Household debt increased in 3Q2018, the 17th consecutive quarterly increase. It might be hard to believe but household debt is now $837 billion higher than the pre-recession peak.
The Federal Reserve Bank of New York’s Center for Microeconomic Data’s Quarterly Report on Household Debt and Credit presents sad news based on the Feds consumer panel and anonymized Equifax credit data.
Growth comes where you probably do not want it…
- Older borrowers now hold a larger share of total outstanding debt balances, while the shares held by younger borrowers have contracted and shifted toward auto loans and student loans.”
And Non-Housing debt increases across the board.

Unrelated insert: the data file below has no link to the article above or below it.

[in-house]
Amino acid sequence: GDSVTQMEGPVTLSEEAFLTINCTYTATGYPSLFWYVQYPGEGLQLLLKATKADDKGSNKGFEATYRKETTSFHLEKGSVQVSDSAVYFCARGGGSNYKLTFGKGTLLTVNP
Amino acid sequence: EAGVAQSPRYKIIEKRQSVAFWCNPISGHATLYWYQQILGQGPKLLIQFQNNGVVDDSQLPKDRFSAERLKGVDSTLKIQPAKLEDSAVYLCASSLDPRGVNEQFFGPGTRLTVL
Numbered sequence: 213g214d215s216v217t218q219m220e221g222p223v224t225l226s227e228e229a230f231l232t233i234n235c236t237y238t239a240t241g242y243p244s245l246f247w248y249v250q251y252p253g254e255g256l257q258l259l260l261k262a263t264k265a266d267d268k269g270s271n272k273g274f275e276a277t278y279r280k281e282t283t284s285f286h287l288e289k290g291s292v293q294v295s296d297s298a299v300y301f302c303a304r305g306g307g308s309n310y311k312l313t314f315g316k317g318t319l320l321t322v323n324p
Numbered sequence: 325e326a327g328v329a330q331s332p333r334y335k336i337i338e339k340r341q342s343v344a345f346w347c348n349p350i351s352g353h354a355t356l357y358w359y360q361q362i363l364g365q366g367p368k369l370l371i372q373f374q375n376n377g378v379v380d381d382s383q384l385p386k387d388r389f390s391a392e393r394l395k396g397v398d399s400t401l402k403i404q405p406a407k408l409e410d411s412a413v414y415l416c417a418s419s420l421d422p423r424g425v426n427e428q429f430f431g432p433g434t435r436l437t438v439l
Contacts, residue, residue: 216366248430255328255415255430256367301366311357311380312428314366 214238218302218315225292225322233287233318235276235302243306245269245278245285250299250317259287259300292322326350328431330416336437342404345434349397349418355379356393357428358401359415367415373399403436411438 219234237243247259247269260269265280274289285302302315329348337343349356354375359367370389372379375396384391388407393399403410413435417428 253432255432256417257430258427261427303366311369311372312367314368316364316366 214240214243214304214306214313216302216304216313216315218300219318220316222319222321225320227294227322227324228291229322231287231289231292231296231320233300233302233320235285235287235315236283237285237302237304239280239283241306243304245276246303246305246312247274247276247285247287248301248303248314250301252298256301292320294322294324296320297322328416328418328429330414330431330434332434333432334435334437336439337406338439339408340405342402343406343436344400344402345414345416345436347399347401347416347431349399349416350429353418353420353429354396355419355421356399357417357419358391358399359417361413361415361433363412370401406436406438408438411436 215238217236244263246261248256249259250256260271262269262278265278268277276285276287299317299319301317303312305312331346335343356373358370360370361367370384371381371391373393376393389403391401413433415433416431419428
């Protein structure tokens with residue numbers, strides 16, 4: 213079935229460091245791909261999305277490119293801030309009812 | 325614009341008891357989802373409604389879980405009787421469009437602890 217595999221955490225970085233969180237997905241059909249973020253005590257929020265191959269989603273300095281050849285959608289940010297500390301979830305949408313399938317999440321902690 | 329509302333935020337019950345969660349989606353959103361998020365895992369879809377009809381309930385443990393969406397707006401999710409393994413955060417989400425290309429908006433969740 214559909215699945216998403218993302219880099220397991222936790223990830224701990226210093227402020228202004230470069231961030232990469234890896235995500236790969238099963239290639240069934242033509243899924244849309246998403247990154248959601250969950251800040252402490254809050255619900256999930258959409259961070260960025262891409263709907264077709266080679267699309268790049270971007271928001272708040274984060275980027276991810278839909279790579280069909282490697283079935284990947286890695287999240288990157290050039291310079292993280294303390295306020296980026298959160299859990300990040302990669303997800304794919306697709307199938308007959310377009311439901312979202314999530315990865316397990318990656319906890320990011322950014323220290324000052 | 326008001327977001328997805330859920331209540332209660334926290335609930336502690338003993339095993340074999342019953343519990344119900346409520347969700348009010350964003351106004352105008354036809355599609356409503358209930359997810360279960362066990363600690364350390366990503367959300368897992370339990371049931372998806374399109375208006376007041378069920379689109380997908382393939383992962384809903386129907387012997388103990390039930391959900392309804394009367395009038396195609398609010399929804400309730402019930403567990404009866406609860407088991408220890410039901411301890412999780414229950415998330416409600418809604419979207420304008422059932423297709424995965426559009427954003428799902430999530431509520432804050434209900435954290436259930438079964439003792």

- Outstanding student loan debt increased by $37 billion and stood at $1.44 trillion as of September 30.
- Auto loan balances increased by $27 billion to $1.27 trillion in 2018Q3.
- Credit card balances rose by $15 billion to $844 billion.
This is a good year for consumers to tighten their belts based on low salary growth, but based on forecasts by the National Retail Federation which suggests a 4.8% increase, consumers probably have not learned their lesson.
While my analyst hat says “happy holidays”, my credit manager’s hat hopes you keep that card in your wallet.
Flat income growth, steady debt increases, and an expectation of increased holiday spending: Ladies and Gentlemen, warm up your collection systems for 1Q19!
Overview by Brian Riley, Director, Credit Advisory Service at Mercator Advisory Group